Hundreds of women and girls take to the streets of Bury St Edmunds for Girls Night Out to raise money for St Nicholas Hospice Care
Hundreds of women and girls donned their twinkling bunny ears as they took to the streets in Bury St Edmunds for the annual Girls Night Out event.
Excitement was palpable in the air yesterday evening as friends and families from across East Anglia geared up to walk the either six or 11.2 miles around town in aid of St Nicholas Hospice Care.
The event, which kicked off from Angel Hill, was a long time coming after last year's occasion had to be held virtually due to coronavirus restrictions.
Barbara Gale, CEO of St Nicholas Hospice Care, who is retiring from her post in December after 16 years, said last night: "It's quite a moving moment to see this happening after having the virtual event.
"And for the community to come together the whole evening and with so many people walking for others, it's absolutely lovely."
The event started around 7.30pm and saw two Zumba dancers warming up the roughly 800-strong cohort, before they set off on the walk at 8pm.
Preparation for the event started back in March.
Charlie De-Moore, event organiser, said: "It's not a secret that it's been tough fund-raising over the last 18 months.
"So having this event for the town and the hospice is much-needed."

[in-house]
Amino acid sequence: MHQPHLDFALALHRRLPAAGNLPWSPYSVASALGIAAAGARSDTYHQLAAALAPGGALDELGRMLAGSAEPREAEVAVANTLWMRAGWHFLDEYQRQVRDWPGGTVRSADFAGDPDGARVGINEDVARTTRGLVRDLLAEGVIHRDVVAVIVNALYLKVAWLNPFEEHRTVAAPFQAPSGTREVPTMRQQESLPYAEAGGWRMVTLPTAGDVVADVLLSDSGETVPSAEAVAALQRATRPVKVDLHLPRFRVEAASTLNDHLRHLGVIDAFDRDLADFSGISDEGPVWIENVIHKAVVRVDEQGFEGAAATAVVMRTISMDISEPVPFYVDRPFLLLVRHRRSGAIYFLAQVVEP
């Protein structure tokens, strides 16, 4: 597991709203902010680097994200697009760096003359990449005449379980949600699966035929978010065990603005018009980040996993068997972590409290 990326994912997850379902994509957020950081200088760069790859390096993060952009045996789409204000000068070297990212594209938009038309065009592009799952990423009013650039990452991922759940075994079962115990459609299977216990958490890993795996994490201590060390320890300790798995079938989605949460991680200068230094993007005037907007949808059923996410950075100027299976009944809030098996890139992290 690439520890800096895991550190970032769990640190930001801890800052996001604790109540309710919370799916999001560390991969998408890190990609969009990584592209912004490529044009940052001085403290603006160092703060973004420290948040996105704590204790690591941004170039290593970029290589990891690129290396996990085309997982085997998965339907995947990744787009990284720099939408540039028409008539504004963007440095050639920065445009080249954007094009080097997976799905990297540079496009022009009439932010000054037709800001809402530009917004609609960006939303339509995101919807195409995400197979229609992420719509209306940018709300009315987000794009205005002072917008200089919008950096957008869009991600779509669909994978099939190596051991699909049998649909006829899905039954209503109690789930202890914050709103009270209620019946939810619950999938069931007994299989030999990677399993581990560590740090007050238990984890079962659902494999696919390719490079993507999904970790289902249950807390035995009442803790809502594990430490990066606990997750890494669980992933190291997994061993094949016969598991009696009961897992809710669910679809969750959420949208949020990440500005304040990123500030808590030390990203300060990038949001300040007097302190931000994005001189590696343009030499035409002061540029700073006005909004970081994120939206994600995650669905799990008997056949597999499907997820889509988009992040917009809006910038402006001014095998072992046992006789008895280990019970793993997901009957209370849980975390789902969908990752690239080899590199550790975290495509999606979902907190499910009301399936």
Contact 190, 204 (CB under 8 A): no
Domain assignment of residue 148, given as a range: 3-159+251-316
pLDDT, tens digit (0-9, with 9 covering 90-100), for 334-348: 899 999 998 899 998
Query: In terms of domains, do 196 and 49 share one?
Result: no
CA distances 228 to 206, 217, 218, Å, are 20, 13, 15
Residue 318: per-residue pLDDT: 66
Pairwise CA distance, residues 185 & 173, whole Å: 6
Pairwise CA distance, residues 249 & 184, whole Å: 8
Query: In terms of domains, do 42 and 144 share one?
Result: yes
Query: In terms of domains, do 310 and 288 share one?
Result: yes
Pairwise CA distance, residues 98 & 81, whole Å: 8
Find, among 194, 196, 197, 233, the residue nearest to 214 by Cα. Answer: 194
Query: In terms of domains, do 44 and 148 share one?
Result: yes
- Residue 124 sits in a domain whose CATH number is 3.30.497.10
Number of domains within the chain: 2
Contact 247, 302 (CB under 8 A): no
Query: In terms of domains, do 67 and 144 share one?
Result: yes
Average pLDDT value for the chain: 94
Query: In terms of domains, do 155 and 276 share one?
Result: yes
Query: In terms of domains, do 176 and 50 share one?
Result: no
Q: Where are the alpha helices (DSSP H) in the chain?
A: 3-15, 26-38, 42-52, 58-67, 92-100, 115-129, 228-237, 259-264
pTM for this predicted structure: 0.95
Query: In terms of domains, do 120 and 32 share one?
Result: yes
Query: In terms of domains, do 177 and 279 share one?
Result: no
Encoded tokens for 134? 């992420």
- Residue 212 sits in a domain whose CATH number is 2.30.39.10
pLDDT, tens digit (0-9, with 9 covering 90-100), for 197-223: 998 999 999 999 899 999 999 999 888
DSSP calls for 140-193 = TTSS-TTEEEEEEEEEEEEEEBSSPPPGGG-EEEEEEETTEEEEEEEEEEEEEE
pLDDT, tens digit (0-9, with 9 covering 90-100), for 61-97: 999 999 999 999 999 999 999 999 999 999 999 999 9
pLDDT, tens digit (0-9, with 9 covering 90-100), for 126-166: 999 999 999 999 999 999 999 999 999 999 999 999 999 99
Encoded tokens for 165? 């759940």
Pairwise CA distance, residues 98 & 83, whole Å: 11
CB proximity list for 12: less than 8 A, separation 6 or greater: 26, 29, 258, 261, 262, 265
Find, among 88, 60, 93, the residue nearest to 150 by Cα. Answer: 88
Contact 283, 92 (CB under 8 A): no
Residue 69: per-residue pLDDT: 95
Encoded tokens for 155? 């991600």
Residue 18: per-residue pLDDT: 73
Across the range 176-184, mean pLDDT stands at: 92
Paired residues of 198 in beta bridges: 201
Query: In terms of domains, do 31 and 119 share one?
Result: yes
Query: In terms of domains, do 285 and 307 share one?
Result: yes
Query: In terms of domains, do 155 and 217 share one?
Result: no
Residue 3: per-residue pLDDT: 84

St Nicholas Hospice Care provides help, advice and support to people in West Suffolk and Thetford in the final chapters of their life who are living with long-term and life-threatening illnesses.
Many of the women out walking last night were doing so in memory of a lost loved one who has received care with the hospice.
Ana Henriques, of Bury, who was joined by a number of colleagues from Dalehead Foods, was one such person.
"Each one of us has someone that we want to walk for," she said.
"And to have a bit of fun after two years of lockdown with no fun, no nothing.
"We have been working because we are key workers so it's for us to relax."
Jane Koopmans was another woman at the event.
"My reason for walking is in memory of my mum, and for everybody else," she said.
Elaine Channen, who has been to every Girls Night Out event since it started in 2009 except one, said: "Somewhere along our journey in life, we know somebody that's been affected by cancer.
"They are a brilliant team, look at what they do."
Sally Jacobs was wearing a t-shirt with her mother-in-law, Ann Jacobs, on the front, and said the walk was in memory of her.
"My mother-in-law passed away on November 16, 2019," the Mundford resident said.
"This is a tribute to her and the hospice for looking after her so well."
Penny White, of Bury, said it had taken her a lot of courage to join the walk last night.
She lost her husband Paul in December 2019 to cancer. He died just 11 weeks after receiving his diagnosis, and Penny said the St Nicholas Hospice Care team were 'amazing'.
"I stayed with Paul 24 hours for the full week whilst he was at the hospice," she said.
"They made up a bed in his room."
Girls Night Out has raised hundreds of thousands of pounds for St Nicholas Hospice Care since its inception in 2009.